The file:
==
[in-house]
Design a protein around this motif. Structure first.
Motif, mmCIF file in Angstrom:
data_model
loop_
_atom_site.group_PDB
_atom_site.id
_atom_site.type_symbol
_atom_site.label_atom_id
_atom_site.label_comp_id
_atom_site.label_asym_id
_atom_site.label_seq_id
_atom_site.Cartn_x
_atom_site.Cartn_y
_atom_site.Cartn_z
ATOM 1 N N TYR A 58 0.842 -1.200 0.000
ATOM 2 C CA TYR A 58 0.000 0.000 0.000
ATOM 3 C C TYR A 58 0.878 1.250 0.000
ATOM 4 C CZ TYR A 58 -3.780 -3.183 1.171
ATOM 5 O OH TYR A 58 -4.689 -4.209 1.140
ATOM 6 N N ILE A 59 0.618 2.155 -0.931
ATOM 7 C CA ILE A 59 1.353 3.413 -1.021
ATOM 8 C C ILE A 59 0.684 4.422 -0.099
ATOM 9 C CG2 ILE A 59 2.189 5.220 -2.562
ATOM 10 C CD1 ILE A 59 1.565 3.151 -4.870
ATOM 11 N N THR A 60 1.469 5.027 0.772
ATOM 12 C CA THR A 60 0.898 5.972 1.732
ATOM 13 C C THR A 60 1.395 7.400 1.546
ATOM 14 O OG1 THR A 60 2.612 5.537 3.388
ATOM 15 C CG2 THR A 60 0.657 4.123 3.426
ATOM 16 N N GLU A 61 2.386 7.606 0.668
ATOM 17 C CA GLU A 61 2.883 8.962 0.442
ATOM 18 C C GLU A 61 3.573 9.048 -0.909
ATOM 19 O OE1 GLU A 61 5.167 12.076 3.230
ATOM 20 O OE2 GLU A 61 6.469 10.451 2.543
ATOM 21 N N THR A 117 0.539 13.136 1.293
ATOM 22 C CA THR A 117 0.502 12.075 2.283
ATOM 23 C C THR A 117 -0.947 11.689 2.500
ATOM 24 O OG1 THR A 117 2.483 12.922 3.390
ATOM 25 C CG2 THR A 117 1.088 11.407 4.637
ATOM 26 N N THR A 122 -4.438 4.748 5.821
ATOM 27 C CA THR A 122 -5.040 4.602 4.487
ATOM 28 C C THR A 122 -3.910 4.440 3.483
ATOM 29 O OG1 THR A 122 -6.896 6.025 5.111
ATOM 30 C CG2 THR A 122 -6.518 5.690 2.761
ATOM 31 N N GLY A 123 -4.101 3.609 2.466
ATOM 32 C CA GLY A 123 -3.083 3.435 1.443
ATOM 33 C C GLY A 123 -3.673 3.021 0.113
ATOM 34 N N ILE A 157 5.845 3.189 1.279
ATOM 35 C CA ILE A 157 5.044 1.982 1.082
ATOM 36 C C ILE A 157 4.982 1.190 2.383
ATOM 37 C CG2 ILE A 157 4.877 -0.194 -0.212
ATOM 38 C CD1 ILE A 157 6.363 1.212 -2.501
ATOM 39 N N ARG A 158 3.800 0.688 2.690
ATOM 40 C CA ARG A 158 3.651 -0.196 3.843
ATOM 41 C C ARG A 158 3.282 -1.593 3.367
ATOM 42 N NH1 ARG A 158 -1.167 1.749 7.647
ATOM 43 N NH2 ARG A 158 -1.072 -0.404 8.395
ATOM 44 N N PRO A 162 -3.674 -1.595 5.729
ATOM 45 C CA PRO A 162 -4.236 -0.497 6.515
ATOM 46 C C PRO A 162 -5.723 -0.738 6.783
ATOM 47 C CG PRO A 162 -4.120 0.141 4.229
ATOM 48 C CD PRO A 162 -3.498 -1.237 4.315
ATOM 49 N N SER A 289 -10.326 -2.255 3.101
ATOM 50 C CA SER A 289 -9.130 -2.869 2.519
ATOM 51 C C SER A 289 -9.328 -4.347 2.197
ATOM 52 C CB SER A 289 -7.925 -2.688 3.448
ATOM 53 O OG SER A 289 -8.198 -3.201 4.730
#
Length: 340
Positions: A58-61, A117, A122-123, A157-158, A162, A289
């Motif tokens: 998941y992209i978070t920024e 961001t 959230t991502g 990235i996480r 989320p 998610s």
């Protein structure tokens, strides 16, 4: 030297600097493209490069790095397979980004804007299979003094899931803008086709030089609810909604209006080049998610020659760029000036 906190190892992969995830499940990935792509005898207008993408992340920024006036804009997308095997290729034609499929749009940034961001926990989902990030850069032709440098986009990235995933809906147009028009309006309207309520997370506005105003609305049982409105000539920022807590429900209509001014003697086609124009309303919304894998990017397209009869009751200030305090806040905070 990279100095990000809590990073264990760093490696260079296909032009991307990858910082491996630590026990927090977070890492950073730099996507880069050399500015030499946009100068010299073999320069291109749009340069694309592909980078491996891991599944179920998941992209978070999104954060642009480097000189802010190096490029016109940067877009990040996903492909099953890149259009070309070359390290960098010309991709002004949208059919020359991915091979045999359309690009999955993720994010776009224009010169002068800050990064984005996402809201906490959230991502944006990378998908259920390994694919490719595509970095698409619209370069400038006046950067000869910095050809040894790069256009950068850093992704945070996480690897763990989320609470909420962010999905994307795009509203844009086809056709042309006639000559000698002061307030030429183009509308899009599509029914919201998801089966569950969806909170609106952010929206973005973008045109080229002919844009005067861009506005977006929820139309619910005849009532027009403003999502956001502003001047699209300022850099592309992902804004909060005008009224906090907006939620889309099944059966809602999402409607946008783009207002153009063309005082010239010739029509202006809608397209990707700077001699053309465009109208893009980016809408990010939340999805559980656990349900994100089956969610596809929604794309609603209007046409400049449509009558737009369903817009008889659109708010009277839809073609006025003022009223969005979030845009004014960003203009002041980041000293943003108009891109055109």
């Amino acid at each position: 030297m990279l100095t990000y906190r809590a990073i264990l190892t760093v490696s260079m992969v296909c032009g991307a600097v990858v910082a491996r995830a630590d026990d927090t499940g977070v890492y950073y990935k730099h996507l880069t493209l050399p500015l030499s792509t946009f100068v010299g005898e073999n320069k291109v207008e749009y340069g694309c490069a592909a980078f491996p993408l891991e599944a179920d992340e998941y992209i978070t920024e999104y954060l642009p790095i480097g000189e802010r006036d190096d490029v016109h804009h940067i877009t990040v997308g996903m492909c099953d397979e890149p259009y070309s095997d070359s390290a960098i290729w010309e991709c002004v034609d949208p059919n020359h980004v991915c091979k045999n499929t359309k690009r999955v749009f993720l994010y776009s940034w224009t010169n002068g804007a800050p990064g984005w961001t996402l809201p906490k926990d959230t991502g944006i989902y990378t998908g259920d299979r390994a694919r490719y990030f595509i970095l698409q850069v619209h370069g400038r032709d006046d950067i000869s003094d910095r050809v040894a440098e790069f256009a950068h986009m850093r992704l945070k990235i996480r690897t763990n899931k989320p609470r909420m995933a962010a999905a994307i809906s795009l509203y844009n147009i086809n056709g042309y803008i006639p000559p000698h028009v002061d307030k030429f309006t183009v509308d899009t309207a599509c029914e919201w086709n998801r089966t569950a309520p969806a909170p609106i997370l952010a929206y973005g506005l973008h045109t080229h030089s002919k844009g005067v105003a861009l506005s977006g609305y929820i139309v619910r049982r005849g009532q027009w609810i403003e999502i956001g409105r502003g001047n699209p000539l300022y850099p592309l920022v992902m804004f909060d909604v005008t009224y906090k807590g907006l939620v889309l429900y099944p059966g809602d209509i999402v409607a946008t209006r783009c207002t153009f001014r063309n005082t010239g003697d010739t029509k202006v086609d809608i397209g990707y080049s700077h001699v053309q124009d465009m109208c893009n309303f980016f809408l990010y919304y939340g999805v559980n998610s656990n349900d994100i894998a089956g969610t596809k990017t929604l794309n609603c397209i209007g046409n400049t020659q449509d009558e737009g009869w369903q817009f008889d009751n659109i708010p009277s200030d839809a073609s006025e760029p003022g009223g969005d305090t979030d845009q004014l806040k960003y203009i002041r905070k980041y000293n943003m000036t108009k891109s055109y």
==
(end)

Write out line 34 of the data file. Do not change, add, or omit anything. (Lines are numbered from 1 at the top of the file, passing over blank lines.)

ATOM 19 O OE1 GLU A 61 5.167 12.076 3.230